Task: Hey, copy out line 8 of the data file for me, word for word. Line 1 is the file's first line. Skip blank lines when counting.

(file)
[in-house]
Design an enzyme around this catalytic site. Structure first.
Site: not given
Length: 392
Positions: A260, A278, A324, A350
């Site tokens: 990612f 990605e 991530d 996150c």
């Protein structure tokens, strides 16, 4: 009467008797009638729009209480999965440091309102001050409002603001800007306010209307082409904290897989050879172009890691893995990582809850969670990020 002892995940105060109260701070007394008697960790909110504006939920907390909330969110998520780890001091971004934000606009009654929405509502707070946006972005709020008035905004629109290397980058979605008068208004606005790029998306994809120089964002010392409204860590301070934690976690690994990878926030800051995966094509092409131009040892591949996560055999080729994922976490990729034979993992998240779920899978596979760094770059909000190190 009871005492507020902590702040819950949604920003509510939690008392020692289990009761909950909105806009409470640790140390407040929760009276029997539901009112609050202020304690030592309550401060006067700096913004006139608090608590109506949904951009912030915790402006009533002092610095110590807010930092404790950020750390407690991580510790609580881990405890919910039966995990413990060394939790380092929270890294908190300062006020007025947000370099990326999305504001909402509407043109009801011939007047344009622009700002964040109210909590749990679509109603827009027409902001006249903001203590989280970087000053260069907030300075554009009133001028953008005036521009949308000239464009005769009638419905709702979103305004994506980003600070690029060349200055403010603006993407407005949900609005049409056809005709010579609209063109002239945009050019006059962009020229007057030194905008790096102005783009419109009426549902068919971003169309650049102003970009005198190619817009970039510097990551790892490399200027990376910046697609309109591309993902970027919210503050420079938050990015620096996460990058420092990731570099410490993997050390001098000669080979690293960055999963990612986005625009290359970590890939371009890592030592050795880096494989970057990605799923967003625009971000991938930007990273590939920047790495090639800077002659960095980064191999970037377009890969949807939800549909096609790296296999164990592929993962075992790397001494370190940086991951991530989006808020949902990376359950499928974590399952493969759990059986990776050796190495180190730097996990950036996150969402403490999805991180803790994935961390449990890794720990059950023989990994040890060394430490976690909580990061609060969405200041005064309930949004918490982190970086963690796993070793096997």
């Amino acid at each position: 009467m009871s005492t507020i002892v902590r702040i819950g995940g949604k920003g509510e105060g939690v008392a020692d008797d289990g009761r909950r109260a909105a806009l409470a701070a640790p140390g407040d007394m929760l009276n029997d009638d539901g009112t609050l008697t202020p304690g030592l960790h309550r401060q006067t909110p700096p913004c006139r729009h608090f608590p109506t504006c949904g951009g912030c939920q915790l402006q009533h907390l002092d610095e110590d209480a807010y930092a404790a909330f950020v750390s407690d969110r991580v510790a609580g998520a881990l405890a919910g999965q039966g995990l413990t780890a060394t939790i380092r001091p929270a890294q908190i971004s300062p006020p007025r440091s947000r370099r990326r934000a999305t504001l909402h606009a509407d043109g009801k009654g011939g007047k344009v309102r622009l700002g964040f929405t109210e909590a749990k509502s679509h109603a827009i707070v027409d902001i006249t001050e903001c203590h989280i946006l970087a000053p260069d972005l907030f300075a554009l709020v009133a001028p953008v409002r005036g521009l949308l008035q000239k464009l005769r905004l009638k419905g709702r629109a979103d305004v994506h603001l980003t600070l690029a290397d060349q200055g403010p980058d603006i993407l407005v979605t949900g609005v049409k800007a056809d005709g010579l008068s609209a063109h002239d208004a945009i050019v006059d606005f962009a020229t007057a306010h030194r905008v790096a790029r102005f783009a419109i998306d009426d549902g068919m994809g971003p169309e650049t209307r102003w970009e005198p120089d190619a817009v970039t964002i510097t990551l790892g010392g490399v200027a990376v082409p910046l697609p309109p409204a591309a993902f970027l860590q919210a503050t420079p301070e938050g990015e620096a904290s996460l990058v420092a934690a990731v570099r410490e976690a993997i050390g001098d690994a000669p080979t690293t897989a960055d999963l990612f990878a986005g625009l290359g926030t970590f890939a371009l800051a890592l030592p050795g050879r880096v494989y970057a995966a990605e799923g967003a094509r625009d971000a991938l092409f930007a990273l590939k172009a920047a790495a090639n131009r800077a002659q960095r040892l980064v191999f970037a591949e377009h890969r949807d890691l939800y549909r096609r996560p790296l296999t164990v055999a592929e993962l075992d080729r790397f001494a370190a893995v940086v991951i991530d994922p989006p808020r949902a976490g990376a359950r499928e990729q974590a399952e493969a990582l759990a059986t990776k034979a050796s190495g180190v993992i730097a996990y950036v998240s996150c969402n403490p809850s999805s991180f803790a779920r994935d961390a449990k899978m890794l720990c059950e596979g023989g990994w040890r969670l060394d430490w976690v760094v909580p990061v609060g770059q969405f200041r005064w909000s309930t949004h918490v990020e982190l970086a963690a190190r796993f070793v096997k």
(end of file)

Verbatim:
């Amino acid at each position: 009467m009871s005492t507020i002892v902590r702040i819950g995940g949604k920003g509510e105060g939690v008392a020692d008797d289990g009761r909950r109260a909105a806009l409470a701070a640790p140390g407040d007394m929760l009276n029997d009638d539901g009112t609050l008697t202020p304690g030592l960790h309550r401060q006067t909110p700096p913004c006139r729009h608090f608590p109506t504006c949904g951009g912030c939920q915790l402006q009533h907390l002092d610095e110590d209480a807010y930092a404790a909330f950020v750390s407690d969110r991580v510790a609580g998520a881990l405890a919910g999965q039966g995990l413990t780890a060394t939790i380092r001091p929270a890294q908190i971004s300062p006020p007025r440091s947000r370099r990326r934000a999305t504001l909402h606009a509407d043109g009801k009654g011939g007047k344009v309102r622009l700002g964040f929405t109210e909590a749990k509502s679509h109603a827009i707070v027409d902001i006249t001050e903001c203590h989280i946006l970087a000053p260069d972005l907030f300075a554009l709020v009133a001028p953008v409002r005036g521009l949308l008035q000239k464009l005769r905004l009638k419905g709702r629109a979103d305004v994506h603001l980003t600070l690029a290397d060349q200055g403010p980058d603006i993407l407005v979605t949900g609005v049409k800007a056809d005709g010579l008068s609209a063109h002239d208004a945009i050019v006059d606005f962009a020229t007057a306010h030194r905008v790096a790029r102005f783009a419109i998306d009426d549902g068919m994809g971003p169309e650049t209307r102003w970009e005198p120089d190619a817009v970039t964002i510097t990551l790892g010392g490399v200027a990376v082409p910046l697609p309109p409204a591309a993902f970027l860590q919210a503050t420079p301070e938050g990015e620096a904290s996460l990058v420092a934690a990731v570099r410490e976690a993997i050390g001098d690994a000669p080979t690293t897989a960055d999963l990612f990878a986005g625009l290359g926030t970590f890939a371009l800051a890592l030592p050795g050879r880096v494989y970057a995966a990605e799923g967003a094509r625009d971000a991938l092409f930007a990273l590939k172009a920047a790495a090639n131009r800077a002659q960095r040892l980064v191999f970037a591949e377009h890969r949807d890691l939800y549909r096609r996560p790296l296999t164990v055999a592929e993962l075992d080729r790397f001494a370190a893995v940086v991951i991530d994922p989006p808020r949902a976490g990376a359950r499928e990729q974590a399952e493969a990582l759990a059986t990776k034979a050796s190495g180190v993992i730097a996990y950036v998240s996150c969402n403490p809850s999805s991180f803790a779920r994935d961390a449990k899978m890794l720990c059950e596979g023989g990994w040890r969670l060394d430490w976690v760094v909580p990061v609060g770059q969405f200041r005064w909000s309930t949004h918490v990020e982190l970086a963690a190190r796993f070793v096997k």